Last month we invited you to submit your choreography videos for our contest So You Think You Can Choreograph?
We would like to thank all those who submitted their work: Anna Normann, Adam Gauzza, Leigh Ann Boatman, Adam Rose, Ania Greiner/3 Card Molly, Jaema Joy Berry, Marc Macaranas, Anjaly Thakkar, Genevieve Garcia, Angela Leum, and Winifred Haun. Browse all submissions here.
And the winners are…
Grand Prize: Anna Normann – 2 tickets to the Punk Yankees benefit performance, where you can watch your moves being performed by Lucky Plush Productions.
Second Place: Ania Greiner, 3 Card Molly – 10th anniversary season t-shirt with the appropriated Lucky Strike logo.
Congratulations to Anna Normann and Ania Greiner, whose choreography videos received the highest number of votes from the voting surfers of StealThisDance.com!
We are now in the process of learning Normann’s moves to perform them at our Punk Yankees shows… buy your tickets and come check it out!
When we set out to sample the moves from an excerpt video of “Seder,” a work by choreographer Ohad Naharin performed by the Batsheva Ensemble (the second company of the Batsheva Dance Company), I was interested in the strange concept of making one continuous dance from a series of excerpts. But what ended up becoming more interesting to us was that sampling the moves – without context or direction from the choreographer – is endlessly problematic.
For many people, the word “choreography” is understood as being just the moves in a dance. Yet in reality, it encompasses a theoretical ecosystem of things both ephemeral and defined: conceptual ideas, arrangement of bodies, relationship to space, interaction between dancers, and the attention to dynamics, energy, quality, immediacy, and intent, to name a few. Often wed to the choreography are considerations about the relationship between the movement and the music, lights, costumes, text, and other media.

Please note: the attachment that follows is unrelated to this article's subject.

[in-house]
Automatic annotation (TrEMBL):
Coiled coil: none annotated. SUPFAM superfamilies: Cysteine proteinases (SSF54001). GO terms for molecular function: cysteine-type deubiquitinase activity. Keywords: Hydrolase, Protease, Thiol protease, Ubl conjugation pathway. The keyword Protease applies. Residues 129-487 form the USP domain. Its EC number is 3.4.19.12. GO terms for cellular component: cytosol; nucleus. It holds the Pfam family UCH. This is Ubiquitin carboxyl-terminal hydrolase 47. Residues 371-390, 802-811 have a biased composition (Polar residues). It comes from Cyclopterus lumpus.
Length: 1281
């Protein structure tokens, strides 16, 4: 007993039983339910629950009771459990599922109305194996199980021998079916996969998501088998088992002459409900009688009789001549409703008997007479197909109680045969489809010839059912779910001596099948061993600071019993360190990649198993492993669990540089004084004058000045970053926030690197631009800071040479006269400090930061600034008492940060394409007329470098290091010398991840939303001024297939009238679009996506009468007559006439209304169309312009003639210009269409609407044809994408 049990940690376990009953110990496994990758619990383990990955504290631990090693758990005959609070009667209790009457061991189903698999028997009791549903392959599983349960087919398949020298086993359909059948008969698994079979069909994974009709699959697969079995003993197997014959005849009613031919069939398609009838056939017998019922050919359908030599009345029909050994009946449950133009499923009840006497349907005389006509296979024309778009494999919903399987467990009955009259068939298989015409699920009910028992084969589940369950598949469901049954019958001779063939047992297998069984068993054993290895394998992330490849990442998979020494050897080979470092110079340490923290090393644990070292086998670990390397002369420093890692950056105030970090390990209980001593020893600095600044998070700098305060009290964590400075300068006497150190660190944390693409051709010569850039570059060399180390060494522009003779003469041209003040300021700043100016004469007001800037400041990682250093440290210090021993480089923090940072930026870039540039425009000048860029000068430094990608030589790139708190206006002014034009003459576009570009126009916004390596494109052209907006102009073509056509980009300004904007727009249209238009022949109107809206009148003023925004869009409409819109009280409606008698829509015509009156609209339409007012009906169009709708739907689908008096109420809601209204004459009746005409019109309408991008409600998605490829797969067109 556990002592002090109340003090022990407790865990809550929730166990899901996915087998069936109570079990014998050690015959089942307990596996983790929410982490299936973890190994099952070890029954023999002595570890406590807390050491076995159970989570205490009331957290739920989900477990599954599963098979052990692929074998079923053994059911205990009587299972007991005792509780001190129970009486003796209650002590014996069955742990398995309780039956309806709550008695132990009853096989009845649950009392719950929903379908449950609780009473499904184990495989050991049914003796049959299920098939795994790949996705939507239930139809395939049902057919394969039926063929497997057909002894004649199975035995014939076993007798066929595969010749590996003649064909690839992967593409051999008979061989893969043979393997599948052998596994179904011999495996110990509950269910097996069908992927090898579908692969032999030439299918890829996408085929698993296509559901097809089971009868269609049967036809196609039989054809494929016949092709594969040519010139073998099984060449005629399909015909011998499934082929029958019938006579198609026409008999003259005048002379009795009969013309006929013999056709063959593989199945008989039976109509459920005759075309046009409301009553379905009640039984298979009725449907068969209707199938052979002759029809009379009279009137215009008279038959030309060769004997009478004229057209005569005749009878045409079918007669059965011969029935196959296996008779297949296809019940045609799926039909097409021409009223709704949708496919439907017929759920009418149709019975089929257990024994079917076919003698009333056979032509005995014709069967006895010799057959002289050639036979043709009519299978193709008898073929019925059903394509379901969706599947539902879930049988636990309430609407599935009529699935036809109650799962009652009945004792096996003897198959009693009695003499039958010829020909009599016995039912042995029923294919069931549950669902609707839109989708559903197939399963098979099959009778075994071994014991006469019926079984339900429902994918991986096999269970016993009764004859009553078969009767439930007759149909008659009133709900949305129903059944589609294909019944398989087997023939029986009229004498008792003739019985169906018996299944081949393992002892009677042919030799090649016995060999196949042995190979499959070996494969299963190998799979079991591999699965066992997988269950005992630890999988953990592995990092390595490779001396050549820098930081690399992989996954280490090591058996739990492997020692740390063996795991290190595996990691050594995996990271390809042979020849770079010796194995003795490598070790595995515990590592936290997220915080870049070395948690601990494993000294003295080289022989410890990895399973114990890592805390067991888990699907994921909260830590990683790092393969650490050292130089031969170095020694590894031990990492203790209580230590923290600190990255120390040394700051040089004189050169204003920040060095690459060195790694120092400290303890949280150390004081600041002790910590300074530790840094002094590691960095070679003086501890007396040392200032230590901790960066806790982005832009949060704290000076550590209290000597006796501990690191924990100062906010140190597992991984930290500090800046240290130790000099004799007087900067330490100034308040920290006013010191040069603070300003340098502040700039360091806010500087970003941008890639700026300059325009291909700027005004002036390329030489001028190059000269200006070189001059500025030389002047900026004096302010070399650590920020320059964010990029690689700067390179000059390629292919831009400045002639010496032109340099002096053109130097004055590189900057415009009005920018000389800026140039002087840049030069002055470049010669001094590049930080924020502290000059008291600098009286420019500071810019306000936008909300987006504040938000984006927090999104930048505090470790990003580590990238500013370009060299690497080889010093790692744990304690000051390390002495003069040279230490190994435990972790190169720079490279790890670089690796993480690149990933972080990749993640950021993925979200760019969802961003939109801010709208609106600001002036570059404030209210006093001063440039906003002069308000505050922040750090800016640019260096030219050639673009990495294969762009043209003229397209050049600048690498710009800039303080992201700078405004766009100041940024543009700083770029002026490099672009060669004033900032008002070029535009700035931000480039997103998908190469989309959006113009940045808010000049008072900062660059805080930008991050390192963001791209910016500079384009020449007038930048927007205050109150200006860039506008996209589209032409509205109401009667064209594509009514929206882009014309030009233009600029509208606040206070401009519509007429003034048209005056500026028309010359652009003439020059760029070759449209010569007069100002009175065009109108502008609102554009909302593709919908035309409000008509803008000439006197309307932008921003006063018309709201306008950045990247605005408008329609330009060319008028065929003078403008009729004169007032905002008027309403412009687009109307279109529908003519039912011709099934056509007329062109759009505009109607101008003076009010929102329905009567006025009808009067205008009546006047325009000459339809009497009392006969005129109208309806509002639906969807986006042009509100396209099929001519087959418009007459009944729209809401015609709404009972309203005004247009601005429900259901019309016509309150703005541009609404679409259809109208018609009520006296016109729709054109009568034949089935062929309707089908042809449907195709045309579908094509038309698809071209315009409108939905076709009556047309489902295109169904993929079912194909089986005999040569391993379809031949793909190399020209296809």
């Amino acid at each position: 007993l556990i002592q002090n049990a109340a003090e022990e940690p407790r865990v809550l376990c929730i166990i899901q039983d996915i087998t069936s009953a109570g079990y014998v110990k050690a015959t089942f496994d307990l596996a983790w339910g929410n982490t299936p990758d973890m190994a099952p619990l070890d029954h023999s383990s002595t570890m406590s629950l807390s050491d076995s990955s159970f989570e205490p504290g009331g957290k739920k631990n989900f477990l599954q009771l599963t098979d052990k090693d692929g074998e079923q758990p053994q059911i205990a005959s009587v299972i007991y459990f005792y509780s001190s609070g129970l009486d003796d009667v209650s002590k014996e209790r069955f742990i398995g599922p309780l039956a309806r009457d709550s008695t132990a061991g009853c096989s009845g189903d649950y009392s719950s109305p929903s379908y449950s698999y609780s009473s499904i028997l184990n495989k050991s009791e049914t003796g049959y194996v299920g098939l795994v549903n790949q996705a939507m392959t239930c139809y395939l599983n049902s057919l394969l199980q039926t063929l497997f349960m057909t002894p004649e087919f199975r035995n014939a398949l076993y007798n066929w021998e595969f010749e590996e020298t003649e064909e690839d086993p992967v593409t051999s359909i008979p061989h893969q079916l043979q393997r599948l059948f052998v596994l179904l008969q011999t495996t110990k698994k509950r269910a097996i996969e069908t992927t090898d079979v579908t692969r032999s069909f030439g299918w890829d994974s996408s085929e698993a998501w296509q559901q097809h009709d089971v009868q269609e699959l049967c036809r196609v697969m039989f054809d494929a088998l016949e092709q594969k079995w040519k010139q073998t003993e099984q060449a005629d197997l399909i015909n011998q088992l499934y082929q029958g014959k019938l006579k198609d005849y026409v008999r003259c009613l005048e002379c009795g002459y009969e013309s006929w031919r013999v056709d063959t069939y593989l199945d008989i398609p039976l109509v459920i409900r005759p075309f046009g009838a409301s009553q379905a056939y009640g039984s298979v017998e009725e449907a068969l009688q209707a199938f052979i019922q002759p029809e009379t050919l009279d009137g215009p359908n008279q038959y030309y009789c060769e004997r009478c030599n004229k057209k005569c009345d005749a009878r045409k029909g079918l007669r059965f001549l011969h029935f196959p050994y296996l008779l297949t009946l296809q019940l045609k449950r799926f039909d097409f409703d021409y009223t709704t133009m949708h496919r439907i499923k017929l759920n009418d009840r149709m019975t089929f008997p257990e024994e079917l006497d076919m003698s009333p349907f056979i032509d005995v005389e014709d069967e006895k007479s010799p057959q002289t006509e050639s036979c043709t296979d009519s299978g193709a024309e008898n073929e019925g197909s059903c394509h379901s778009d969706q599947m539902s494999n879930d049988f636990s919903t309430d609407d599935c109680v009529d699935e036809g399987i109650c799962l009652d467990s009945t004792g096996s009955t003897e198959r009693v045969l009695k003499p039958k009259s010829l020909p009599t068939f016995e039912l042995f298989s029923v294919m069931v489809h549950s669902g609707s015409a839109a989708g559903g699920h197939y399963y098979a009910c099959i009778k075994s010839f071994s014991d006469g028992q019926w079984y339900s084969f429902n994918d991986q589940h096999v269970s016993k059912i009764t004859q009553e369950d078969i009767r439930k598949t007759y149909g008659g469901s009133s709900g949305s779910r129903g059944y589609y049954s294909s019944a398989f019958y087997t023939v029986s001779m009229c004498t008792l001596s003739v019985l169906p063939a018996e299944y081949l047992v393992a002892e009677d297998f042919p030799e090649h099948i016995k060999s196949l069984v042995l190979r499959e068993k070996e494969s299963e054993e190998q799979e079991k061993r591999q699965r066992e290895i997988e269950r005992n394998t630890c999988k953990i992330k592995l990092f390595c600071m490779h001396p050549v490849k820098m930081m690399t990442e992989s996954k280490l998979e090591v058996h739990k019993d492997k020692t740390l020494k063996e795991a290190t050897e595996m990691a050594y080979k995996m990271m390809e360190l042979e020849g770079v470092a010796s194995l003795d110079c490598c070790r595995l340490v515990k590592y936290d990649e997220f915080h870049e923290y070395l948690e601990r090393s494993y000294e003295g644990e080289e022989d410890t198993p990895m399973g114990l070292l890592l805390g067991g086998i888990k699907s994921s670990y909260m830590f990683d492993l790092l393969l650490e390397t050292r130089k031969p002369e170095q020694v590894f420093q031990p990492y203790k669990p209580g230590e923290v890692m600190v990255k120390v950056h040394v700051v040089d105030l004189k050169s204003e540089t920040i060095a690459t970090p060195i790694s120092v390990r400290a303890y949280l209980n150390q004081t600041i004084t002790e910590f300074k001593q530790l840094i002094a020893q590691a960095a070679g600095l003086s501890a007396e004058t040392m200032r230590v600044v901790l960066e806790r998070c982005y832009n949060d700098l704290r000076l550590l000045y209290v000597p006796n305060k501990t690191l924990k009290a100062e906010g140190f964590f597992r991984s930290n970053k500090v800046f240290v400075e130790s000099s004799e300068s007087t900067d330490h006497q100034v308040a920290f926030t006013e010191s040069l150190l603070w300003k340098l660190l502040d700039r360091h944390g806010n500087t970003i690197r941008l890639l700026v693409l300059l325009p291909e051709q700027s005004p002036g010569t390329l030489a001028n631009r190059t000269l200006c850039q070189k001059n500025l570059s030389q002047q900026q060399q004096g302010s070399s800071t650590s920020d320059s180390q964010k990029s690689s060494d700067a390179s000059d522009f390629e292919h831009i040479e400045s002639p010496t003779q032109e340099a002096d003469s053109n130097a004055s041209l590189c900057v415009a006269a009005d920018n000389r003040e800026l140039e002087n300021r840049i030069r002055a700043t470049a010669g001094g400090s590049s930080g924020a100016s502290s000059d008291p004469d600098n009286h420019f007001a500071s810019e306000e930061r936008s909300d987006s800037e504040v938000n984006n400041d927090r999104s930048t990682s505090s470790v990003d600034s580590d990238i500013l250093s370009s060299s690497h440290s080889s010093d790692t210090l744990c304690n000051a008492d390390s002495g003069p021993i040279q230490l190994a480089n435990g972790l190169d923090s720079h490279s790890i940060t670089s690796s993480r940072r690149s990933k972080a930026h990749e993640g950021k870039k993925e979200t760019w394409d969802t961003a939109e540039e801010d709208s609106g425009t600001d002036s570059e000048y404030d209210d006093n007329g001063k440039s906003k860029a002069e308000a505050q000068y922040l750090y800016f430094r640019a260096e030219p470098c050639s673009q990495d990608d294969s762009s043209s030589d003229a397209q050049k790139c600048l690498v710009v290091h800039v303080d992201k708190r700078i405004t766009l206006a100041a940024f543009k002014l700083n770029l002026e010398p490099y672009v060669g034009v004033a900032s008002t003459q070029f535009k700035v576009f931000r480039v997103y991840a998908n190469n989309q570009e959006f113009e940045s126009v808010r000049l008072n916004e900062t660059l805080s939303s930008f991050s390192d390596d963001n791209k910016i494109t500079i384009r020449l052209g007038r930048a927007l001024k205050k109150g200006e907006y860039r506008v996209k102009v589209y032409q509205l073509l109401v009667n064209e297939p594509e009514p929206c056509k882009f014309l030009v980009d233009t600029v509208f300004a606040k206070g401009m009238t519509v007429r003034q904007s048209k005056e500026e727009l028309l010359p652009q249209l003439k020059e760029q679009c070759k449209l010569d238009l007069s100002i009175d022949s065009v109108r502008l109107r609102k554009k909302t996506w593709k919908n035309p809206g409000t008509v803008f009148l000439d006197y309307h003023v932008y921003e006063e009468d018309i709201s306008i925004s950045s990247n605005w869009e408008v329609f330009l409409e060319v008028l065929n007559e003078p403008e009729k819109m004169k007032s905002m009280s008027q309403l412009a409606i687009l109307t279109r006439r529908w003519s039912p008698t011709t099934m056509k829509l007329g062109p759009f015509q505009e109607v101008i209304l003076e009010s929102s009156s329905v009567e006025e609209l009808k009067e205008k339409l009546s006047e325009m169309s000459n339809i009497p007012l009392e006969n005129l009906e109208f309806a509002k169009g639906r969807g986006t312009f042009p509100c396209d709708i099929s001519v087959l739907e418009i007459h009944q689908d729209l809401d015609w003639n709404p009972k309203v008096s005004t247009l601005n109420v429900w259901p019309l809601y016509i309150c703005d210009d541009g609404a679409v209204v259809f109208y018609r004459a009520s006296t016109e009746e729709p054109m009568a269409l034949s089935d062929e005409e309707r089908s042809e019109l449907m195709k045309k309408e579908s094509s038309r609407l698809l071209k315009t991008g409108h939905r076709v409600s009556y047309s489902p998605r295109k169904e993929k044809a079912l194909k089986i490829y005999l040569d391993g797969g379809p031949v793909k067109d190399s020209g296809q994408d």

So with our best efforts to exactly replicate the movements from the Batsheva video (which is impossible, by the way), without replicating any other aspect of the choreography, we have found the results to be far more flat than its already 2-dimensional source. We also weren’t able to teleport ourselves in and out of the frame to match the number of dancers in each video cut, taking us farther away from anything Batsheva.
With respect to the music, Corona’s “Rhythm of the Night” was chosen because at one point we talked about creating some kind of cyclical loop that connects several of our YouTube samples. And this particular song is the music for the ever-so-fabulous credit reel of the French film Beau Travail, in which the lead actor (Denis Lavant) is dancing in a club. We referenced this video as an example of impersonations in our research at the Maggie Allesee National Center for Chorography. Ironically, the video was initially given a copyright violation on YouTube for usage of the song (not the moves!), so we had to use the audio from the camera, which is why it is so quiet.
The next time we revisit this Batsheva sample, it might be to appropriate the movement into a derivative composition, or to mash it up with Sara Carlson’s ever popular “Fly to Paradise” (but probably not) …or maybe just wear a different shirt.